Auburn, NH Blog

Dementia Care Experts Reveal Common Signs A Loved One May Be Suffering From Memory Loss

Alzheimer's Disease, the most common form of dementia, affects more than 3 million people every year in the United States. The disease, marked by memory loss and confusion, is just one form of dementia and typically makes daily functioning very difficult for seniors. According to the National Institute on Aging, “damage to the brain starts a decade or more before memory and other cognitive problems appear” in dementia patients. Because of this, dementia care experts stress how important it is to keep an eye out for dementia symptoms, so seniors can get the care they need as soon as they need it. Here are some of the most common signs that you or a loved one could be suffering from dementia.

Subtle signs of memory loss

While memory loss is a hallmark of dementia, it often doesn’t occur substantially until later stages, according to dementia care experts. However, there are some subtle signs of memory loss that can give caregivers a clue as to what is going on. For seniors, these signs are typically limited to short-term memories, like what they had for breakfast, where they left their keys and what they’re doing tomorrow.

Mood changes

If someone has been depressed, anxious or isolated their whole life, it may be hard to get a sense for their mood changing too much. But for someone who has a normally bubbly, charming attitude, mood changes are a key indicator that dementia could be at play.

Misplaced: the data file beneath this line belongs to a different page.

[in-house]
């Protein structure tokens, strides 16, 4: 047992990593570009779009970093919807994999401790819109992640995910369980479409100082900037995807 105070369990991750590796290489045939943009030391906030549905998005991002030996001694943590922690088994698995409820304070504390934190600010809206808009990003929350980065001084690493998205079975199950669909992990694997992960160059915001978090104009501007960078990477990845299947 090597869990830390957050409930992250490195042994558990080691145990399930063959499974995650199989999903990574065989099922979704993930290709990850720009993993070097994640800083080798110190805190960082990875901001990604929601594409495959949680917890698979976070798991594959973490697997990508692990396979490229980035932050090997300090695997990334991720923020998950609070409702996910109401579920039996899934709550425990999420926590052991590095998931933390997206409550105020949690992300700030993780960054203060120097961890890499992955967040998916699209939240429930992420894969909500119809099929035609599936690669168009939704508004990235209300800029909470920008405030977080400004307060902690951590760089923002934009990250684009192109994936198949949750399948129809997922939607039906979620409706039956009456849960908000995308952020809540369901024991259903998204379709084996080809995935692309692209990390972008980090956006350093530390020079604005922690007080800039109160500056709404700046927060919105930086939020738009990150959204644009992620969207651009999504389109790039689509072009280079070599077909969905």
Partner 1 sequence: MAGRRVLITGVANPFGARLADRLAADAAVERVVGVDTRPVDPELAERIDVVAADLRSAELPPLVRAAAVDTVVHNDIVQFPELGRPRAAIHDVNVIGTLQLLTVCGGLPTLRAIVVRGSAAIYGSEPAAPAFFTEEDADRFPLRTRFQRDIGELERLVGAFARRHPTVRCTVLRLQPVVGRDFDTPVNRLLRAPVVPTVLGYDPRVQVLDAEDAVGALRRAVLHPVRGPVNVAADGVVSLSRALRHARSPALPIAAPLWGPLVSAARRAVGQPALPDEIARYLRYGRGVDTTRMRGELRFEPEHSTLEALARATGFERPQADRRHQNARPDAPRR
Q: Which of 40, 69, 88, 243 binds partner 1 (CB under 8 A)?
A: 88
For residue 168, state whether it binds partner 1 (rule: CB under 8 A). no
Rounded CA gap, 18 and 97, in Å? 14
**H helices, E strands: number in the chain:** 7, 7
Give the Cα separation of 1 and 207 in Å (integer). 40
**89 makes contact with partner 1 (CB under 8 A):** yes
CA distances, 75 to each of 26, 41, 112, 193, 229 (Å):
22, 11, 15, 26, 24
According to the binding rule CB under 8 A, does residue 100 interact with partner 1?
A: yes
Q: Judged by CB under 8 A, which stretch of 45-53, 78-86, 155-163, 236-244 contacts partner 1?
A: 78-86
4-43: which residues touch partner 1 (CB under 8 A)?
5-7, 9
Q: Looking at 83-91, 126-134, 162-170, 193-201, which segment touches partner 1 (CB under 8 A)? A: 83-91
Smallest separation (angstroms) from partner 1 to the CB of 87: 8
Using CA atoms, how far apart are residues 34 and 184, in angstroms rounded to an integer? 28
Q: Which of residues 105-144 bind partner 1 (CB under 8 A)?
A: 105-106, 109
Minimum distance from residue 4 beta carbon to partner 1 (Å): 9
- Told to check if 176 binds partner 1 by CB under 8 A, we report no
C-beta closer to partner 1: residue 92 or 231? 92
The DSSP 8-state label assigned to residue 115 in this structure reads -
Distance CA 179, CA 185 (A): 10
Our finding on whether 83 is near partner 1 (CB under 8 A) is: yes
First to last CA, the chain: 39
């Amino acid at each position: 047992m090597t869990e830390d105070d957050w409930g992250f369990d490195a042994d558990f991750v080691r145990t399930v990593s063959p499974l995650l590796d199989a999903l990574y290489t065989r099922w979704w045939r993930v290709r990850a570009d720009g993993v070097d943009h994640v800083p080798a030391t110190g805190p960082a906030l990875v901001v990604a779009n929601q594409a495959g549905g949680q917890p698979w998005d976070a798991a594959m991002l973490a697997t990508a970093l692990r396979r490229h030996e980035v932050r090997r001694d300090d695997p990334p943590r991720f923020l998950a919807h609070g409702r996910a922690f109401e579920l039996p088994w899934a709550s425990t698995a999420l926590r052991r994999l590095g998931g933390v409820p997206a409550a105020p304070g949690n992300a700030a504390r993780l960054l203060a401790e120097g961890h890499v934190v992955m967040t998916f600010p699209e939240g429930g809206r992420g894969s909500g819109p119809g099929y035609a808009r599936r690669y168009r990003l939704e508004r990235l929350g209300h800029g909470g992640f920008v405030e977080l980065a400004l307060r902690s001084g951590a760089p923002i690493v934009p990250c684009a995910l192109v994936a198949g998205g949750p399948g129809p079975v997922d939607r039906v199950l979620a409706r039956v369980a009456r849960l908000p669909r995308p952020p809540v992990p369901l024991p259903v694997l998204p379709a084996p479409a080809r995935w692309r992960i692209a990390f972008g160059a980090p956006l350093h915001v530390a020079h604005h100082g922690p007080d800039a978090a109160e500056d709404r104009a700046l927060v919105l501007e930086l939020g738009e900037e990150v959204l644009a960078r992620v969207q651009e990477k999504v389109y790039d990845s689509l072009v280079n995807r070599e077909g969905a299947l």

Confusion

If a senior is starting to get confused in everyday situations they’ve dealt with before, dementia care experts say that they could be exhibiting some signs of it. If someone has a hard time remembering a face or what they are supposed to do that day, they could be suffering from dementia.

Putting common household items in the wrong place

If a senior who was once organized starts misplacing their everyday items, they could be suffering from dementia. Dementia care experts recommend keeping an eye on where seniors place their keys, toothbrushes, and other common items to get a sense for whether or not they’re consistently putting the items in the same place.

Personal hygiene

One of the lesser-known signs that someone is suffering from dementia is if their personal hygiene suddenly becomes worse than normal. For dementia patients, remembering to clean themselves normally can be difficult, resulting in poor hygiene, even in individuals that were once very clean.  

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